Commercial space travel has become increasingly mainstream in the past decade, from "space tourism" flights to NASA's public-private partnerships with SpaceX and others. But the latest push isn't just to take space into the private sector — it's to get citizens involved in the process. Copenhagen Suborbitals and other grass-roots efforts are trying to essentially crowdfund space, raising tens or hundreds of thousands of dollars to put small craft into orbit. And one of the latest, called Pocket Spacecraft, hopes to do so with a "personalized spacecraft" for each of its backers.

The Pocket Spacecraft isn't quite as exciting as it sounds, but it's still pretty unique. If you put more than £19 (about $30) into the project, you'll get partial or complete ownership of a "scout" spacecraft, which is a small flexible disc equipped with solar cells, a metal antenna, and a number of sensors. They can be customized with something as simple as a printed message or as complex as extra hardware or self-written software that will let the scout gather data about its surroundings. After the launch, "owners" will be able to track the craft and find out more about the information it's collecting.

If the Kickstarter raises its requisite £290,000 ($440,000) by August 26th, the scouts will be loaded en masse into the larger "Interplanetary CubeSat Mothership" seen above, which will itself piggyback on an existing spacecraft on a trip to the Moon. Once the Mothership reaches its destination, it will release the smaller scouts, which can theoretically move around space with small solar sails and even survive a trip through some atmospheres.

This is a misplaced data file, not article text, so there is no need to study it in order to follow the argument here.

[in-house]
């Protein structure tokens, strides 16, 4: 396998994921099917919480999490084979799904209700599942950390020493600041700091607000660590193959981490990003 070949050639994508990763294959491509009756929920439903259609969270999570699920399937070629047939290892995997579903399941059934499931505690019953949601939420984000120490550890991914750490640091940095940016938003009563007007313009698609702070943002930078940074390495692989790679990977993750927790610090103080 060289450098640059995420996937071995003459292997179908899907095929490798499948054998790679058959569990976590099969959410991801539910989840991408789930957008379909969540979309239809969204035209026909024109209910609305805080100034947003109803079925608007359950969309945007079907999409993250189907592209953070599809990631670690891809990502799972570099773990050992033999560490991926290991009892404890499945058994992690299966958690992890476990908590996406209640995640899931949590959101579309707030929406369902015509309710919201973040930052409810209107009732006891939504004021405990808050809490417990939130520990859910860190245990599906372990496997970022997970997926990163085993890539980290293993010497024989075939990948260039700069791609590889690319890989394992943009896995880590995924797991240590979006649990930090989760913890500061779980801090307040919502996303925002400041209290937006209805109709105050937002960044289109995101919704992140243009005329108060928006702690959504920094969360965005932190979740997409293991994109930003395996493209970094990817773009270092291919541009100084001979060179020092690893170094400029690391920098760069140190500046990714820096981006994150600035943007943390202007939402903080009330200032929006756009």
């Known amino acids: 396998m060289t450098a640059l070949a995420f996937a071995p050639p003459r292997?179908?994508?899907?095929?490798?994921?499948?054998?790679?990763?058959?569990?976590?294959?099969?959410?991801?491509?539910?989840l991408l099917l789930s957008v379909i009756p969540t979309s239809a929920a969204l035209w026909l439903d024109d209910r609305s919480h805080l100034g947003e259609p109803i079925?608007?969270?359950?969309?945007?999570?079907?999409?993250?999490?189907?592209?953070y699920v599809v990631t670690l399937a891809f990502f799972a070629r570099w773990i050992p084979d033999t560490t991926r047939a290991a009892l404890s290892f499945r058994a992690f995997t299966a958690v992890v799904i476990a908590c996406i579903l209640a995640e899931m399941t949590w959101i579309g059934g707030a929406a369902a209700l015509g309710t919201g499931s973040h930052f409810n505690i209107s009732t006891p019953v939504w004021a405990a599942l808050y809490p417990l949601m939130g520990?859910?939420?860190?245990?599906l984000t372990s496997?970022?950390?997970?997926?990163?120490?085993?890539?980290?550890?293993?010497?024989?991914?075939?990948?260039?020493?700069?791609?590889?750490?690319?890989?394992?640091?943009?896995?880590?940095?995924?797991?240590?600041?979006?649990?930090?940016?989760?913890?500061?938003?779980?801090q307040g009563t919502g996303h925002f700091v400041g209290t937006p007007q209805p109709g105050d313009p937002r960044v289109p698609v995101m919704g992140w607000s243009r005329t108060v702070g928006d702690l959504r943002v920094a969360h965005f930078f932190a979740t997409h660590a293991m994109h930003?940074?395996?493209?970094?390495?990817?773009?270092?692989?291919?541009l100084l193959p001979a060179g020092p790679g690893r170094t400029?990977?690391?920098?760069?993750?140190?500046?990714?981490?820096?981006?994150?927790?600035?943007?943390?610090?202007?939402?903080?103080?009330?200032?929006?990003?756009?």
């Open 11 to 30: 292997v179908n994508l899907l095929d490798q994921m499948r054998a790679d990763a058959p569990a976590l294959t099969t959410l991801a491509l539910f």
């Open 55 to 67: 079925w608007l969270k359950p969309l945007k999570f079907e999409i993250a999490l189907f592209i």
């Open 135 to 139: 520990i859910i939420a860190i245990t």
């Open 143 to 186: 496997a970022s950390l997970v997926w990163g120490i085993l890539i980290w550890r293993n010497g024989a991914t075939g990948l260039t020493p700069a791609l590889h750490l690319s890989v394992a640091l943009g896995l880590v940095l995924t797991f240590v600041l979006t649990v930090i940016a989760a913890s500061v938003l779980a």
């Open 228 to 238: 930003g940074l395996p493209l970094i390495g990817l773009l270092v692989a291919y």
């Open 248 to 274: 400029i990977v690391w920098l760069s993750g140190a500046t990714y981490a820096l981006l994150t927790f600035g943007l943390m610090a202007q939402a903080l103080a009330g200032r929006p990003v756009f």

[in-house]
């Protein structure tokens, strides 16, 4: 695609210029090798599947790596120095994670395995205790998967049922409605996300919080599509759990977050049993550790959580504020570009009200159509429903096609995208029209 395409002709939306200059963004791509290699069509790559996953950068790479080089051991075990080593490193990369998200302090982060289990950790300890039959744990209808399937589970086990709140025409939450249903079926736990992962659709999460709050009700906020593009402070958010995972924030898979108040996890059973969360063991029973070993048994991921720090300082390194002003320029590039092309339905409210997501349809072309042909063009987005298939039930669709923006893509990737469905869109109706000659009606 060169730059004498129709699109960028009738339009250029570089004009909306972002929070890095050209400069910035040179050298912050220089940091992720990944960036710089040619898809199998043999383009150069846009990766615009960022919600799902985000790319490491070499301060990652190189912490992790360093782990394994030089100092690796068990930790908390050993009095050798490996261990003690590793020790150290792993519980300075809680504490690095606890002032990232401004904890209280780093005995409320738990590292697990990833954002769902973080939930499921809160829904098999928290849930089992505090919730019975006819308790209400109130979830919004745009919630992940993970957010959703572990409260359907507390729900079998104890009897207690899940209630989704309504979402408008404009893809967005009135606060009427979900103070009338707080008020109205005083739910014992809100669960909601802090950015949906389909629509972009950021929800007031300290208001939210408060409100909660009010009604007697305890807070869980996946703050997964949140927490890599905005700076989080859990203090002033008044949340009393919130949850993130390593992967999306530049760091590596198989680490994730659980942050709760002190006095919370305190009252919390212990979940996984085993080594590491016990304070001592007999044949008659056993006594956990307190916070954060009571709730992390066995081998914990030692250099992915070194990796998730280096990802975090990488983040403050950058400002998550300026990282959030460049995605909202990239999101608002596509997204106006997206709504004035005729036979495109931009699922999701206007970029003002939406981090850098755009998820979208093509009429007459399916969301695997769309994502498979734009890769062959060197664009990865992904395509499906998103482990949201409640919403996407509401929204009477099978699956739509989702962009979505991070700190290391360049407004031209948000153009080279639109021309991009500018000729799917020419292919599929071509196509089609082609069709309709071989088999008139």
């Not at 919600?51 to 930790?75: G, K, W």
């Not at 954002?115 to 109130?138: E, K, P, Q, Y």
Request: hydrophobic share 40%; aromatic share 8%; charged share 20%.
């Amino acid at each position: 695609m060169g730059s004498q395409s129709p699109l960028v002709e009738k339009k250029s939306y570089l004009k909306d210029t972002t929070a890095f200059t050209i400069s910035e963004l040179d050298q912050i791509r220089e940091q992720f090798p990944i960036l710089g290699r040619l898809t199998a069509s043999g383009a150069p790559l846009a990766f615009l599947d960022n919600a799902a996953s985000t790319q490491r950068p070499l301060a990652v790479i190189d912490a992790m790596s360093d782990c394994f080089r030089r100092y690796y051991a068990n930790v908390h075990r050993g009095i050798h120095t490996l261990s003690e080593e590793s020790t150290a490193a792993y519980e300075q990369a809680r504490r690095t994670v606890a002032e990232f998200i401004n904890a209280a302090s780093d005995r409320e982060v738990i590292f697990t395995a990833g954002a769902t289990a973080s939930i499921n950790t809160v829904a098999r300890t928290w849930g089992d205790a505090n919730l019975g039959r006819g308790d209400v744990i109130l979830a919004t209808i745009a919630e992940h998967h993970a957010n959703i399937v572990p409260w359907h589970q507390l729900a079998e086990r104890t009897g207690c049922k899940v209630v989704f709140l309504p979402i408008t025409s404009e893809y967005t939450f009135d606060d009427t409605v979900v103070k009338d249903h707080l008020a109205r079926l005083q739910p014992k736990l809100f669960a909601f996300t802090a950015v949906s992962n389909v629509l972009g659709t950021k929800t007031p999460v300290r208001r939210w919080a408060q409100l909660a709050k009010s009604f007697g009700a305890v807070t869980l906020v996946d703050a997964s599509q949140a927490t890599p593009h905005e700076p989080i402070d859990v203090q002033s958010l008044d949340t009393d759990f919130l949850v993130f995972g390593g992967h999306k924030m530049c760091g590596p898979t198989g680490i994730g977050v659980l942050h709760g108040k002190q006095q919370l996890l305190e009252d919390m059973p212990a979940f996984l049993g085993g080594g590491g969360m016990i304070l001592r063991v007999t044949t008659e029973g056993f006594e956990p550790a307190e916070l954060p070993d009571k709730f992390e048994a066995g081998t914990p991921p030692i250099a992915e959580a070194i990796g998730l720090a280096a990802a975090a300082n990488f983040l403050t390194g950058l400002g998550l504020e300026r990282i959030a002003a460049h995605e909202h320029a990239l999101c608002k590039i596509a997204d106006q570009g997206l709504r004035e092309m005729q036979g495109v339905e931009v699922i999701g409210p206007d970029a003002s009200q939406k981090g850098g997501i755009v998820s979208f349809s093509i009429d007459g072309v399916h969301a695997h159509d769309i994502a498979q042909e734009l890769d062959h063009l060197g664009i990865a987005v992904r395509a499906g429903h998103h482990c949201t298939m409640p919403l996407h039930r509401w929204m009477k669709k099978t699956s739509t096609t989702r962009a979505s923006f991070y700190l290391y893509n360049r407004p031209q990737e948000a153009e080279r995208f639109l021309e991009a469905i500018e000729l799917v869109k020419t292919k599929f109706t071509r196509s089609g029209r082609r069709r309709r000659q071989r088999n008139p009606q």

The Pocket Spacecraft Kickstarter opened just a few days before another space-focused Kickstarter will close. Asteroid mining startup Planetary Resources is a few hours away from getting over a million dollars in funding for its Arkyd space telescope, which can be used by schools or research centers as well as the team looking for suitable asteroids. The Pocket Spacecraft is being sold with a similar angle; students are urged to learn about coding and astronomy by booking a "seat" on a scout spacecraft.

While Planetary Resources is backed by a number of tech superstars (including James Cameron and Sergey Brin), the Pocket Satellite project was created by a group of volunteers who have worked on a number of other crowdfunded space endeavors, including KickSat, one of the very first efforts to crowdfund a space launch. KickSat was a similar mini-spacecraft project, and it's currently set to be launched with help from NASA at some point in 2013.